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Well-researched stories from around the web that bridge the gap between news and scholarship. Brought to you each Tuesday from the editors of JSTOR Daily.

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The drinking gene (Massive)
by Irene Park
Alcohol is responsible for 88,000 deaths a year in the U.S. alone, as well as numerous other social and health problems. So why do we like it so much? It may go back to the days when we came down from the trees and started eating rotten fruit.

Queer Germany before the Nazis (Atlas Obscura)
by Natasha Frost
In the early twentieth century, medical authorities gave official sanction to people with a diverse range of gender and sexual identities to dress as they wished.

Neuroscience in prison (The Conversation)
by Arielle Baskin-Sommers
In pop culture, brain scans look like a way to figure out whether a criminal is really responsible for his actions. In real life, a better application for neuroscience is figuring out how to make the criminal justice system serve convicts well.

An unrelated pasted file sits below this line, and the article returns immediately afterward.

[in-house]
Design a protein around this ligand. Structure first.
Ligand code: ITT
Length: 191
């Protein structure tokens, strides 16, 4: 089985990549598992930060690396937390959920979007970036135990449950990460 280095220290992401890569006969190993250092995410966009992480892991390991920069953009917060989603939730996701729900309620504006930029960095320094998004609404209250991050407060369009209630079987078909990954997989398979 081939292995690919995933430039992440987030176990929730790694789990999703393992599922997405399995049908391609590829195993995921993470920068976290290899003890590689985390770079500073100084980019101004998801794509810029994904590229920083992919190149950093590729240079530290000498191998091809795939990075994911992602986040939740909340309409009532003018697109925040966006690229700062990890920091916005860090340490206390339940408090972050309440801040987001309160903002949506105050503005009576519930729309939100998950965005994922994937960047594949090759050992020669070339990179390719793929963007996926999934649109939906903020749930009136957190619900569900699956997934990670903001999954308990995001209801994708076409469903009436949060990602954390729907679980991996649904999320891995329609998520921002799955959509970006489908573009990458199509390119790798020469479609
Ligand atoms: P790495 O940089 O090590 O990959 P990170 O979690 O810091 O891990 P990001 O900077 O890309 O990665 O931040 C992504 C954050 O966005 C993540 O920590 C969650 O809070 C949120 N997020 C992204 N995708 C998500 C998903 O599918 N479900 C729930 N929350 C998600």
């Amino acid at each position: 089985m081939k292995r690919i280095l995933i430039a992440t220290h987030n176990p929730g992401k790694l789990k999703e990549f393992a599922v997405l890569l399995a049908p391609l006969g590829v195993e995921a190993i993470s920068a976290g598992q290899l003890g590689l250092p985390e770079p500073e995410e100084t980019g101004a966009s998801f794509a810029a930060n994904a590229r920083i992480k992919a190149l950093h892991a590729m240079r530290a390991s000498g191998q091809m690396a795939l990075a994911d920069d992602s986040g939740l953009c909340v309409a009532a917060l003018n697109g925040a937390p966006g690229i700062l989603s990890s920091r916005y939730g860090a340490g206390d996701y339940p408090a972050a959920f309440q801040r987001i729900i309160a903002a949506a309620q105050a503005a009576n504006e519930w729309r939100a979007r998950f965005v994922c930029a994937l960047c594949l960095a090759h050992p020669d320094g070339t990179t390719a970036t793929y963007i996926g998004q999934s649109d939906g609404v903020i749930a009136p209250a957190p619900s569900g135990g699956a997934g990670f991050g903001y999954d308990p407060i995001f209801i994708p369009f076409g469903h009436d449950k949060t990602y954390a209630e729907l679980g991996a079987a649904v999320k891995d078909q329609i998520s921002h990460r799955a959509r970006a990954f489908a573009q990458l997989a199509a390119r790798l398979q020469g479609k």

Cats, dogs, and human culture (The Washington Post)
by Karin Brulliard
Does having a pet make you healthier or happier? Not necessarily. But the drive to keep animals around us seems to run deep anyway.

Property rights in the online age (Pacific Standard)
by Calum Marsh
If you pay real-world money for a magic sword in a video game, is the sword your legal property? As “owning” movies, books, and software increasingly means getting limited rights to access digital information, the legal system must adapt.

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